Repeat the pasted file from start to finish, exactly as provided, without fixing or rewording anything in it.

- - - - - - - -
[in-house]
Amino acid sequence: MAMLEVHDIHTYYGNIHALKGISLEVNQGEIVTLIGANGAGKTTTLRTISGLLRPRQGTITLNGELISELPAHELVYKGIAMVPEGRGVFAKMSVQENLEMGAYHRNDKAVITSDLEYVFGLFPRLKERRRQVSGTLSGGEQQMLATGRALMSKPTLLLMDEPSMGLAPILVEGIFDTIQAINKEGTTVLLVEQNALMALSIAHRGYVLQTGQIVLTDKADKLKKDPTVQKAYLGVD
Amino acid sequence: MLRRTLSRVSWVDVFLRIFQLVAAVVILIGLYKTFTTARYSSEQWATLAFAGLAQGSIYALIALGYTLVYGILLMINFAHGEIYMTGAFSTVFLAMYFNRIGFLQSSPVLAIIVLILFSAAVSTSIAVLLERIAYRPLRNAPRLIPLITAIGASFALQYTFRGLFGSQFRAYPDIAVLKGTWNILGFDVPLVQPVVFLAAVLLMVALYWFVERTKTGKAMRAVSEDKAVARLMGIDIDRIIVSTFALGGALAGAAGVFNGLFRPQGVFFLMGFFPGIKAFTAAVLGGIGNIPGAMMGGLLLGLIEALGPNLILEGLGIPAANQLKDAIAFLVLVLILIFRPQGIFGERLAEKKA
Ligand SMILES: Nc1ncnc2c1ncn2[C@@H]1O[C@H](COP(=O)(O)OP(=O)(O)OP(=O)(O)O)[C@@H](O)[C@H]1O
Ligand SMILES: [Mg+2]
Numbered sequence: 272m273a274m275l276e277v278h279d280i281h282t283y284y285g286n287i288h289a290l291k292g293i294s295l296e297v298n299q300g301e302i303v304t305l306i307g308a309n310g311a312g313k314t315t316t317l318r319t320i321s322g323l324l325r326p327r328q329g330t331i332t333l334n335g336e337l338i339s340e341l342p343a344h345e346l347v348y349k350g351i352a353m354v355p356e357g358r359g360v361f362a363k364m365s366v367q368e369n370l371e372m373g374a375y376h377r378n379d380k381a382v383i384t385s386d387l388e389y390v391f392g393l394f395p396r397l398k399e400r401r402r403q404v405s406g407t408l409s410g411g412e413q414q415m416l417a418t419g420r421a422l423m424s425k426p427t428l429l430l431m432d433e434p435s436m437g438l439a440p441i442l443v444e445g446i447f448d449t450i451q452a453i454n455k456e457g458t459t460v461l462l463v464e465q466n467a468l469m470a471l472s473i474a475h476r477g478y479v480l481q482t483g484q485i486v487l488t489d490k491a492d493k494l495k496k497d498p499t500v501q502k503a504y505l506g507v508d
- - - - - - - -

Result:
[in-house]
Amino acid sequence: MAMLEVHDIHTYYGNIHALKGISLEVNQGEIVTLIGANGAGKTTTLRTISGLLRPRQGTITLNGELISELPAHELVYKGIAMVPEGRGVFAKMSVQENLEMGAYHRNDKAVITSDLEYVFGLFPRLKERRRQVSGTLSGGEQQMLATGRALMSKPTLLLMDEPSMGLAPILVEGIFDTIQAINKEGTTVLLVEQNALMALSIAHRGYVLQTGQIVLTDKADKLKKDPTVQKAYLGVD
Amino acid sequence: MLRRTLSRVSWVDVFLRIFQLVAAVVILIGLYKTFTTARYSSEQWATLAFAGLAQGSIYALIALGYTLVYGILLMINFAHGEIYMTGAFSTVFLAMYFNRIGFLQSSPVLAIIVLILFSAAVSTSIAVLLERIAYRPLRNAPRLIPLITAIGASFALQYTFRGLFGSQFRAYPDIAVLKGTWNILGFDVPLVQPVVFLAAVLLMVALYWFVERTKTGKAMRAVSEDKAVARLMGIDIDRIIVSTFALGGALAGAAGVFNGLFRPQGVFFLMGFFPGIKAFTAAVLGGIGNIPGAMMGGLLLGLIEALGPNLILEGLGIPAANQLKDAIAFLVLVLILIFRPQGIFGERLAEKKA
Ligand SMILES: Nc1ncnc2c1ncn2[C@@H]1O[C@H](COP(=O)(O)OP(=O)(O)OP(=O)(O)O)[C@@H](O)[C@H]1O
Ligand SMILES: [Mg+2]
Numbered sequence: 272m273a274m275l276e277v278h279d280i281h282t283y284y285g286n287i288h289a290l291k292g293i294s295l296e297v298n299q300g301e302i303v304t305l306i307g308a309n310g311a312g313k314t315t316t317l318r319t320i321s322g323l324l325r326p327r328q329g330t331i332t333l334n335g336e337l338i339s340e341l342p343a344h345e346l347v348y349k350g351i352a353m354v355p356e357g358r359g360v361f362a363k364m365s366v367q368e369n370l371e372m373g374a375y376h377r378n379d380k381a382v383i384t385s386d387l388e389y390v391f392g393l394f395p396r397l398k399e400r401r402r403q404v405s406g407t408l409s410g411g412e413q414q415m416l417a418t419g420r421a422l423m424s425k426p427t428l429l430l431m432d433e434p435s436m437g438l439a440p441i442l443v444e445g446i447f448d449t450i451q452a453i454n455k456e457g458t459t460v461l462l463v464e465q466n467a468l469m470a471l472s473i474a475h476r477g478y479v480l481q482t483g484q485i486v487l488t489d490k491a492d493k494l495k496k497d498p499t500v501q502k503a504y505l506g507v508d